obiter dicta

I’ve subscribed to Christian Studies, a scholarly journal published by Austin Graduate School of Theology, for about a decade now.  It is a high-quality, thoughtful journal and you should read it.  The subscription price simply can’t be beat.  One of the features of each issue is “Obiter Dicta,” an oh-by-the-way miscellany of quotes I can count on to get under my skin.  The new issue has a few I “amen-ed” right out loud when I read them:

“What we wear, where we stand, how we move…all matter, not because we are ritualists, but because this is God’s drama and we can easily get in the way.  When those leading worship stand to one side, this makes the point dramatically; when worship-leaders, including musicians, assemble directly in front of a congregation like a rock group at a concert, this can make exactly the wrong point…To insist on a free-flowing succession of worship songs at the whim of one leader is not to strike a blow against ritualism, but to put that leader precisely in the place where the Reformers saw the mediaeval priest, coming between the worshipers and God.  Good liturgy preserves us from personality cults whether Catholic or Protestant.”       –N. T. Wright

and

“Repentance, dying to self, submission–these are not very attractive hooks to draw people into the faith.  I think the minute you put the issue that way you’re in trouble.  Because then we join the consumer world, and everything then becomes product designed to give you something…if we cast the evangel in terms of benefits, we’re setting people up for disappointment.  We’re telling them lies.”   –Eugene Peterson

and

“We meet with the high and holy one, the God of fire, in order that we may ourselves be transformed and be agents for the healing of his world…To enjoy worship for its own sake, or simply out of a cultural appreciation of the “performance” would be like Moses coming upon a burning bush and deciding to cook his lunch on it.”       –N. T. Wright

Look for Christian Studies here.

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Happy Birthday to 11th Street Church of Christ in Nashville.  Tomorrow they celebrate 100 years of ministry.  We’re planning on dropping by.  I’ll report tomorrow evening, Lord willing.

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That’s about the 27th time I’ve caught myself saying ‘Lord willing’ recently.  Perhaps its my southern raising; would that all Christians live more submissively –and more confidently–in the consciousness of the Lord’s will.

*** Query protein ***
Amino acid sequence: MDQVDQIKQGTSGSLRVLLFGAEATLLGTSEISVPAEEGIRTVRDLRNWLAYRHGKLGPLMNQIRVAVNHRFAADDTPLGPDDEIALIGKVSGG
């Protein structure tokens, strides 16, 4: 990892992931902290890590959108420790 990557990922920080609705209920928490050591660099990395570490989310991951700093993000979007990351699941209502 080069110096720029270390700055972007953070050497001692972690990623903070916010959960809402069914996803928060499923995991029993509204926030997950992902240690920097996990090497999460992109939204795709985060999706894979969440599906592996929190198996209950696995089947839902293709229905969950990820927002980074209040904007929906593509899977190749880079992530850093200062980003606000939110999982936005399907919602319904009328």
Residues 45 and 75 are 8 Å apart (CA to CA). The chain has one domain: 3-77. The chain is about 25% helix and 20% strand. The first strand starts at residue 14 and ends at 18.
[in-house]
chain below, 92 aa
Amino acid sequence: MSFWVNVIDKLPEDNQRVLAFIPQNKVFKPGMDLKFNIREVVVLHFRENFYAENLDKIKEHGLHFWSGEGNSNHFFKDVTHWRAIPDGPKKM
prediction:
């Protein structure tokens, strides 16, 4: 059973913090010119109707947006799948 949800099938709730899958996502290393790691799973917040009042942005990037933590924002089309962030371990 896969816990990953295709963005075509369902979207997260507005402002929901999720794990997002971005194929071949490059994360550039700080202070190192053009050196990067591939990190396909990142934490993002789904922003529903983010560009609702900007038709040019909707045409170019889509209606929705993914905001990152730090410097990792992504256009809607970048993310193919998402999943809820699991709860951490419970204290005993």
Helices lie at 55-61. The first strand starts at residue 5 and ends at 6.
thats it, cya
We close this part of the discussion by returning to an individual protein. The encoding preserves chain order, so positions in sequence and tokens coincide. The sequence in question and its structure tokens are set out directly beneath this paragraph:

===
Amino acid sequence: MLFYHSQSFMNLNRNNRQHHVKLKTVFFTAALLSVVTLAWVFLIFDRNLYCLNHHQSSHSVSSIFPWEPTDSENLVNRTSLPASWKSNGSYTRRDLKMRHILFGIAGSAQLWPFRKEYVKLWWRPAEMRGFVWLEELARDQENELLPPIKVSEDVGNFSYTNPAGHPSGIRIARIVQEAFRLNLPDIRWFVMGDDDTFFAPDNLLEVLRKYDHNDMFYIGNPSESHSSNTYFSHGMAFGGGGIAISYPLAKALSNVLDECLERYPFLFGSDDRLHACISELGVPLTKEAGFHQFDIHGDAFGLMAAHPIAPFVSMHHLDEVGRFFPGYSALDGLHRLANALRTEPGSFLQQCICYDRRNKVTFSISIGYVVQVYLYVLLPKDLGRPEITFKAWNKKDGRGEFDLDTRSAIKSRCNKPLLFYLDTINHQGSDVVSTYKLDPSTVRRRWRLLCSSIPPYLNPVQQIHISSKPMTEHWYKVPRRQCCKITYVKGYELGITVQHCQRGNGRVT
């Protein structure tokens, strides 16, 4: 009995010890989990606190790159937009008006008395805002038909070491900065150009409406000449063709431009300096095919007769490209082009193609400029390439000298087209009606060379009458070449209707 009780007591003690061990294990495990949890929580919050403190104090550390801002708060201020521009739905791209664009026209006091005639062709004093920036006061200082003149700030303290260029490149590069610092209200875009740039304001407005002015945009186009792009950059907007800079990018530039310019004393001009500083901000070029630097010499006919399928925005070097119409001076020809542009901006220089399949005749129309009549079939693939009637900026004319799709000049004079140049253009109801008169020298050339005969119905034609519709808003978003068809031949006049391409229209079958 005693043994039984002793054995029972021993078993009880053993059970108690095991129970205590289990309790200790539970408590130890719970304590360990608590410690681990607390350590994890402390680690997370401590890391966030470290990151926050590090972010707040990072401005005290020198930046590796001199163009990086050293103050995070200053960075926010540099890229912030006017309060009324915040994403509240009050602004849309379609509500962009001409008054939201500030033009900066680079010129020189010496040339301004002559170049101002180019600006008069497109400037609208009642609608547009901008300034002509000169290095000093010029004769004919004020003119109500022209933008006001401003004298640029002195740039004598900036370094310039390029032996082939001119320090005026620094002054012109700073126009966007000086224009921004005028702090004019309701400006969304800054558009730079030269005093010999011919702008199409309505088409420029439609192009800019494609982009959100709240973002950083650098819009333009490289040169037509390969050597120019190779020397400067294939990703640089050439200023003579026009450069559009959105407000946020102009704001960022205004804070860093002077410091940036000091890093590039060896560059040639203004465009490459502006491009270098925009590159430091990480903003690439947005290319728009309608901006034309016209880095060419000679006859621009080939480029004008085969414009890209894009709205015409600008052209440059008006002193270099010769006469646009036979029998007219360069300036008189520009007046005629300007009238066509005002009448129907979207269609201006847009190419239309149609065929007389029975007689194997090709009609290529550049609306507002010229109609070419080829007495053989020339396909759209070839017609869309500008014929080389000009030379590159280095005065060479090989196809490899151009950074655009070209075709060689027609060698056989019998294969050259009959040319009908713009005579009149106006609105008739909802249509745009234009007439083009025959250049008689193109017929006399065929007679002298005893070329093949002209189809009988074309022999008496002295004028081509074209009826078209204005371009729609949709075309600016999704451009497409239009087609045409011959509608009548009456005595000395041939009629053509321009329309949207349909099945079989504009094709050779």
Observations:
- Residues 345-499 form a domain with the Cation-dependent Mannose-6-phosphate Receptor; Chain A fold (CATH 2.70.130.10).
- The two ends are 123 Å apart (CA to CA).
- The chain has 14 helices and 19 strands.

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Where were you October 4, 1798?  Today marks the 210th anniversary of Barton Stone’s ordination.  I authored a post for the DCHS blog; as soon as its posted there, I’ll reproduce it here.   

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(another) New blog: I’m experimenting with a blog as a way to do genealogy online.  I plan to upload photos, documents, memories, etc.  Drop by icefamily.wordpress.comand take a look.  This replaces a similar blogspot site I began and then never touched again.  I intend to actually add content to this one.

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My lovely wife has now entered the digital world…on facebook.  Look her up, she’s having a blast.  I looked at facebook a while back and just didn’t see the fireworks, sorry.

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I do, however, see fireworks when I follow one of my blog posts, titled fa sol la, with another titled obiter dicta.  To each her/his own.

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One thought on “obiter dicta

  1. Hey Mac,

    I linked to your blog a while back through Adam Metz’s blog. I’ve enjoyed reading your posts. I’m curious about the N.T. Wright quotes. Could you please note the source/book/article?

    Thanks,
    Brian Bergman

    P.S. Hope you, Laura and all the kids are doing well.

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